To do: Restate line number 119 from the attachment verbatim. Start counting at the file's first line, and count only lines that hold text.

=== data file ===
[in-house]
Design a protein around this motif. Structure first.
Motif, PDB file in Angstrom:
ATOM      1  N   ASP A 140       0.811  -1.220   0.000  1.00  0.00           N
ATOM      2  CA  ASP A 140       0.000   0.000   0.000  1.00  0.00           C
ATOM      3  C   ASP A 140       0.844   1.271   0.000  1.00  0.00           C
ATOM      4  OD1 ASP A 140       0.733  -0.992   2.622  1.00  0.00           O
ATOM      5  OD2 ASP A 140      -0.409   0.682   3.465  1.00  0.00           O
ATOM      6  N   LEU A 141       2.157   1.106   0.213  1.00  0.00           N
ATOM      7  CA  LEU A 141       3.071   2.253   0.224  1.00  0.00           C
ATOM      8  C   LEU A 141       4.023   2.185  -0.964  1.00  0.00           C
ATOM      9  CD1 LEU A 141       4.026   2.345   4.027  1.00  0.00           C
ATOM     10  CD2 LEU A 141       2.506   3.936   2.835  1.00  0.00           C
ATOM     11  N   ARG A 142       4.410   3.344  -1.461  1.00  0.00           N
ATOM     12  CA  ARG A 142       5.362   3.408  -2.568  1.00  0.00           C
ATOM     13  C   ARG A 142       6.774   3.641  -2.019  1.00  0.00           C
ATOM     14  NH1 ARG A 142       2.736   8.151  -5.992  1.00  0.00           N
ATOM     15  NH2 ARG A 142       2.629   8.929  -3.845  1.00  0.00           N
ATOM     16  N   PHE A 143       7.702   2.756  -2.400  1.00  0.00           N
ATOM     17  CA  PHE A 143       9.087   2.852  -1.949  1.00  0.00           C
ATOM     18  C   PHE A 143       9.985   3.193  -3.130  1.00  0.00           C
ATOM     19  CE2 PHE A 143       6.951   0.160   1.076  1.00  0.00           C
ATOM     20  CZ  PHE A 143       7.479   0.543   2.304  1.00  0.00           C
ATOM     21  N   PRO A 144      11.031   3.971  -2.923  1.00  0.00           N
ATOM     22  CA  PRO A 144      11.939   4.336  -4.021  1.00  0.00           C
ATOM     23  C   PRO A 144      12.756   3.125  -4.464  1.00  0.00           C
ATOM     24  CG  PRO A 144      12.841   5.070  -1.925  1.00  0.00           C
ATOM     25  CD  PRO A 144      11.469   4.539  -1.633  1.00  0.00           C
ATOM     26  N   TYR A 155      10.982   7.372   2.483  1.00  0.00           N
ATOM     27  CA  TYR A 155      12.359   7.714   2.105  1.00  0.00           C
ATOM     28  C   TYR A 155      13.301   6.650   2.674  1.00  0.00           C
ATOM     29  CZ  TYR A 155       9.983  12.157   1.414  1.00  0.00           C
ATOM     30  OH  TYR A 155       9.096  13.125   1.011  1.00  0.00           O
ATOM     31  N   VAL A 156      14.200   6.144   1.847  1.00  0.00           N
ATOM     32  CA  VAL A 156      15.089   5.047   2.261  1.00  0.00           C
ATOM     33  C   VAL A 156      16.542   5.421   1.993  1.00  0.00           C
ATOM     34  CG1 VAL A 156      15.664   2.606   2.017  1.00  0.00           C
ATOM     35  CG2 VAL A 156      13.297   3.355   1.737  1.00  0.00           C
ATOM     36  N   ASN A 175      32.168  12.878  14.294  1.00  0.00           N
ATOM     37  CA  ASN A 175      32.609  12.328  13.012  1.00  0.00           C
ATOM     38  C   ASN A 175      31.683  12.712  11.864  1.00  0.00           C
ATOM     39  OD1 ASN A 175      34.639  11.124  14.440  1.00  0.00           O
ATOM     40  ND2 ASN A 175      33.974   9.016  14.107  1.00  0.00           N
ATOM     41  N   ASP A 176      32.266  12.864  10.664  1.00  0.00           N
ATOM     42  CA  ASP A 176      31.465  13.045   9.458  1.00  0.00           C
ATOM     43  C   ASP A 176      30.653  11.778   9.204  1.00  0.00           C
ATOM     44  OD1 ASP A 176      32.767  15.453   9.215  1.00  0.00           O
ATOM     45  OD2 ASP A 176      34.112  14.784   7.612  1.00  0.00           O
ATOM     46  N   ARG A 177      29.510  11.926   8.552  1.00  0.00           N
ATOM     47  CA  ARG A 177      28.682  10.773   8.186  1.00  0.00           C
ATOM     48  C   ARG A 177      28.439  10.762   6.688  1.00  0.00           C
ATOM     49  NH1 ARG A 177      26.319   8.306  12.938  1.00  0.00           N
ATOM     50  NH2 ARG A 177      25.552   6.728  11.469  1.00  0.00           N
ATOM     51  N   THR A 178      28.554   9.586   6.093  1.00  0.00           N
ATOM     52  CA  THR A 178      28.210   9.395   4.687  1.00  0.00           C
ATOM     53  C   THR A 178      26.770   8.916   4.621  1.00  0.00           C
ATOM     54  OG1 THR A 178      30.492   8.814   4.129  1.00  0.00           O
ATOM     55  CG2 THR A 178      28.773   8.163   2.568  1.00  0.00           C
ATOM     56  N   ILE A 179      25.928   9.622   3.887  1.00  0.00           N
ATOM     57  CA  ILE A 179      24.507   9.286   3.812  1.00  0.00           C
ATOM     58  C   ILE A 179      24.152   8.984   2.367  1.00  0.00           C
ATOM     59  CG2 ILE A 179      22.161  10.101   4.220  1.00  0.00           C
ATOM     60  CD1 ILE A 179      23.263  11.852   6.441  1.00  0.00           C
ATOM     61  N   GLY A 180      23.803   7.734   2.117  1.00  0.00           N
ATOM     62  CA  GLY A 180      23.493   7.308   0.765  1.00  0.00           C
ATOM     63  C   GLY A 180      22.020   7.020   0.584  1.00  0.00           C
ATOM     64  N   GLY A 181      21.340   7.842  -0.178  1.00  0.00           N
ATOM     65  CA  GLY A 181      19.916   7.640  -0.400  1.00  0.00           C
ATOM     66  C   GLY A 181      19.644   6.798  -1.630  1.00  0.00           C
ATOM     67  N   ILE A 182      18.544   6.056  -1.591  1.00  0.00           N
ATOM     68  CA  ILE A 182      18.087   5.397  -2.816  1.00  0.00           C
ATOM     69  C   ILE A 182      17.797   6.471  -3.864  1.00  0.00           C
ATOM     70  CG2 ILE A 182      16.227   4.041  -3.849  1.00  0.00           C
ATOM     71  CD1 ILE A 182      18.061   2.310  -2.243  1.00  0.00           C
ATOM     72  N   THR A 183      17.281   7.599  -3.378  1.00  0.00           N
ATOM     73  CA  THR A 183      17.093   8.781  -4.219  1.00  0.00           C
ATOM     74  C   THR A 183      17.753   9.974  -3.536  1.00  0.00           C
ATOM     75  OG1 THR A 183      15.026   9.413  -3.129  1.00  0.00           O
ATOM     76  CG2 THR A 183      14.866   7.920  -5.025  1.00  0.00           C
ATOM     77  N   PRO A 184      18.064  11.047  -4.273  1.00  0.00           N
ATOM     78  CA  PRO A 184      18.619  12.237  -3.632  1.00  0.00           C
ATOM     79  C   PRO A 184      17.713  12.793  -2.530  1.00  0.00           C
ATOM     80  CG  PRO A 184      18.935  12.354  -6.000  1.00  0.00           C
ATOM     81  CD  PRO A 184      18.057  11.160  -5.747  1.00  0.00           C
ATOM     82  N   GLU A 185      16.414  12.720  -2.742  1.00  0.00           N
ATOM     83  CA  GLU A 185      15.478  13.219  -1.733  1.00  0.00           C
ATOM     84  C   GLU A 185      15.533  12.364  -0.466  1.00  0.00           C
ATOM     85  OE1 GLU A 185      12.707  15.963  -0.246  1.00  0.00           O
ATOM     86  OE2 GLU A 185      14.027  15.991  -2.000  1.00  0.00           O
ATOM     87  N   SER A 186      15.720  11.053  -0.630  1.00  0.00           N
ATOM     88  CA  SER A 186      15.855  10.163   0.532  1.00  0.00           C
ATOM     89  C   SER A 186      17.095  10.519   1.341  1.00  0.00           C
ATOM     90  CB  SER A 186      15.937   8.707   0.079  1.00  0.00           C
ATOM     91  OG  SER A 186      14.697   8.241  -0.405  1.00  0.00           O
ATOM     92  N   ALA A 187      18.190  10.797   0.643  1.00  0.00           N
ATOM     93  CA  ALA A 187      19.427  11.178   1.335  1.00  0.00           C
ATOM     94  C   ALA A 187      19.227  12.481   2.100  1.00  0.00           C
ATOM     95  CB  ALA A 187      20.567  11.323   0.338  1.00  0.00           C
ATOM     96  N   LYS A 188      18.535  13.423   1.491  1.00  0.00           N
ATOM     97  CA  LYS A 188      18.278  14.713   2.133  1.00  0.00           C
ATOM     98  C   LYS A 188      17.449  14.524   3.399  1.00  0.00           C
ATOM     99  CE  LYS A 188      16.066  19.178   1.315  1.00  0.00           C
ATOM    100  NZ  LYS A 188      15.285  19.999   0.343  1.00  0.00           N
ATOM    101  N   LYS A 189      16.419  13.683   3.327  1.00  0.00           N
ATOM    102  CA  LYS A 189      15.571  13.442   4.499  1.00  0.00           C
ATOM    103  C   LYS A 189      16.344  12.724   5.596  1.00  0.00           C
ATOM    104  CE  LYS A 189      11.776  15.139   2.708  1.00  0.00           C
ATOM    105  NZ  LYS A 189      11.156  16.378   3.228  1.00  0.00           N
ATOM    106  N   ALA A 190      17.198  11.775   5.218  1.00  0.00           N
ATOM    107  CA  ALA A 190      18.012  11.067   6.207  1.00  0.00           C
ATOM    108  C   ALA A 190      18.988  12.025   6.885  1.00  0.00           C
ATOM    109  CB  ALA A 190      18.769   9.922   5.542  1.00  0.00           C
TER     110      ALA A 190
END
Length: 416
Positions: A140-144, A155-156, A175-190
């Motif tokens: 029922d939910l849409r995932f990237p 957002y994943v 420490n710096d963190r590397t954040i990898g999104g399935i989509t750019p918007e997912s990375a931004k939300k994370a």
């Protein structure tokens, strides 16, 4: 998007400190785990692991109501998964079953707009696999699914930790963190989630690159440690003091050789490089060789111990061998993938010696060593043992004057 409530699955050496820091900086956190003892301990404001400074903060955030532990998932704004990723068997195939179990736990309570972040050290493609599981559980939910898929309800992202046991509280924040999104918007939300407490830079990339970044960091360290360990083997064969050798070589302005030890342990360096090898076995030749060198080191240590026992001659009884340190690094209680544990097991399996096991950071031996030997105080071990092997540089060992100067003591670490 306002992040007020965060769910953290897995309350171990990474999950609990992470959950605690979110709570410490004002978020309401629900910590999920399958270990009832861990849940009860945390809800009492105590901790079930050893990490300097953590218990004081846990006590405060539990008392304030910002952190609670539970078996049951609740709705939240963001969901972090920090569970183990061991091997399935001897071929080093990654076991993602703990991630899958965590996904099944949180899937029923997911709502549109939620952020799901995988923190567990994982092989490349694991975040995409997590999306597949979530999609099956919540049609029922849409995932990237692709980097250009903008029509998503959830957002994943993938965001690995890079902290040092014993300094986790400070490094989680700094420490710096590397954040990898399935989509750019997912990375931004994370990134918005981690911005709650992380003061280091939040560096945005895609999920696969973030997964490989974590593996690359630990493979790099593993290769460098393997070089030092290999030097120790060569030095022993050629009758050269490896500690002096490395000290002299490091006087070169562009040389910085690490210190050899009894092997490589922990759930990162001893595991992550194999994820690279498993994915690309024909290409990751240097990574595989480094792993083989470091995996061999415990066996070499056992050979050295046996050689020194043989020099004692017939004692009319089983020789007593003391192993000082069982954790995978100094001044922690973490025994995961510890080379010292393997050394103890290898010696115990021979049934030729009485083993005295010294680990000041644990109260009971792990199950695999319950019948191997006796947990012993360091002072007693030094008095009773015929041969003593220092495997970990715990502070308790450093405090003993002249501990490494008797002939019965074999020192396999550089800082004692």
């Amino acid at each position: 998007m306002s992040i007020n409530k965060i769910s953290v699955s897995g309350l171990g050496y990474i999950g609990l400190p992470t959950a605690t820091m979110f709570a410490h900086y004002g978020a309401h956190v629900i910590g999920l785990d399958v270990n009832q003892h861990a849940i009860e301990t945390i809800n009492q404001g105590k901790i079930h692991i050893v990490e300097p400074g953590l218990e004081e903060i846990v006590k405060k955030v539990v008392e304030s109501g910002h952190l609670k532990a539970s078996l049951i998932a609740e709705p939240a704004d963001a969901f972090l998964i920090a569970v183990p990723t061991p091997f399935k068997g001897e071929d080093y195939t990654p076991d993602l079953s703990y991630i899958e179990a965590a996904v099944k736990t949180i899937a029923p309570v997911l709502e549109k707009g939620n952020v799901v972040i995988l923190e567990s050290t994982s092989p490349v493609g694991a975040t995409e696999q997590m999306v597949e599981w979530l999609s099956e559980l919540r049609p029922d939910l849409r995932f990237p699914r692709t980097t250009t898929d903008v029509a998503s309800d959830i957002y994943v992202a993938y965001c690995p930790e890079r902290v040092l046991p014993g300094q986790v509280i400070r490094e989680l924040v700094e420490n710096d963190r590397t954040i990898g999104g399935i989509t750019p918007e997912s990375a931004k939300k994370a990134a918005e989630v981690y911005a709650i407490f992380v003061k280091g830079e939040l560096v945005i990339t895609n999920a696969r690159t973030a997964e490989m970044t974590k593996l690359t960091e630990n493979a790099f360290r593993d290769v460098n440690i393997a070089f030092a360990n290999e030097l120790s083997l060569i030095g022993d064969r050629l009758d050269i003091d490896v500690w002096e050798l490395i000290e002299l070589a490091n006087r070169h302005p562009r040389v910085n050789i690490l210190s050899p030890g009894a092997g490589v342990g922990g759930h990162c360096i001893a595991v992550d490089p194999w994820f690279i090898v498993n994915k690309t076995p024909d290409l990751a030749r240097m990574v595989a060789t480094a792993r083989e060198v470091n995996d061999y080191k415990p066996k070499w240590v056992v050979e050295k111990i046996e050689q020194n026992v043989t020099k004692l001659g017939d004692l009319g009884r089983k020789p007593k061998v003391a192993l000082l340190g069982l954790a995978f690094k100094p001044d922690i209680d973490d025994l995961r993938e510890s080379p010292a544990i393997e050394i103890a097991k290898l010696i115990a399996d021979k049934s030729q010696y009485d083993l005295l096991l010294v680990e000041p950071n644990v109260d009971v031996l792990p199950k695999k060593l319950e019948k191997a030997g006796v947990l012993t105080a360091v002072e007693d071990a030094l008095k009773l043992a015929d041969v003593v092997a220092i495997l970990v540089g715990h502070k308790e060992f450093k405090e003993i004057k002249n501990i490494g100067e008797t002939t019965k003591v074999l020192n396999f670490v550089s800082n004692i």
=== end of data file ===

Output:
């Amino acid at each position: 998007m306002s992040i007020n409530k965060i769910s953290v699955s897995g309350l171990g050496y990474i999950g609990l400190p992470t959950a605690t820091m979110f709570a410490h900086y004002g978020a309401h956190v629900i910590g999920l785990d399958v270990n009832q003892h861990a849940i009860e301990t945390i809800n009492q404001g105590k901790i079930h692991i050893v990490e300097p400074g953590l218990e004081e903060i846990v006590k405060k955030v539990v008392e304030s109501g910002h952190l609670k532990a539970s078996l049951i998932a609740e709705p939240a704004d963001a969901f972090l998964i920090a569970v183990p990723t061991p091997f399935k068997g001897e071929d080093y195939t990654p076991d993602l079953s703990y991630i899958e179990a965590a996904v099944k736990t949180i899937a029923p309570v997911l709502e549109k707009g939620n952020v799901v972040i995988l923190e567990s050290t994982s092989p490349v493609g694991a975040t995409e696999q997590m999306v597949e599981w979530l999609s099956e559980l919540r049609p029922d939910l849409r995932f990237p699914r692709t980097t250009t898929d903008v029509a998503s309800d959830i957002y994943v992202a993938y965001c690995p930790e890079r902290v040092l046991p014993g300094q986790v509280i400070r490094e989680l924040v700094e420490n710096d963190r590397t954040i990898g999104g399935i989509t750019p918007e997912s990375a931004k939300k994370a990134a918005e989630v981690y911005a709650i407490f992380v003061k280091g830079e939040l560096v945005i990339t895609n999920a696969r690159t973030a997964e490989m970044t974590k593996l690359t960091e630990n493979a790099f360290r593993d290769v460098n440690i393997a070089f030092a360990n290999e030097l120790s083997l060569i030095g022993d064969r050629l009758d050269i003091d490896v500690w002096e050798l490395i000290e002299l070589a490091n006087r070169h302005p562009r040389v910085n050789i690490l210190s050899p030890g009894a092997g490589v342990g922990g759930h990162c360096i001893a595991v992550d490089p194999w994820f690279i090898v498993n994915k690309t076995p024909d290409l990751a030749r240097m990574v595989a060789t480094a792993r083989e060198v470091n995996d061999y080191k415990p066996k070499w240590v056992v050979e050295k111990i046996e050689q020194n026992v043989t020099k004692l001659g017939d004692l009319g009884r089983k020789p007593k061998v003391a192993l000082l340190g069982l954790a995978f690094k100094p001044d922690i209680d973490d025994l995961r993938e510890s080379p010292a544990i393997e050394i103890a097991k290898l010696i115990a399996d021979k049934s030729q010696y009485d083993l005295l096991l010294v680990e000041p950071n644990v109260d009971v031996l792990p199950k695999k060593l319950e019948k191997a030997g006796v947990l012993t105080a360091v002072e007693d071990a030094l008095k009773l043992a015929d041969v003593v092997a220092i495997l970990v540089g715990h502070k308790e060992f450093k405090e003993i004057k002249n501990i490494g100067e008797t002939t019965k003591v074999l020192n396999f670490v550089s800082n004692i």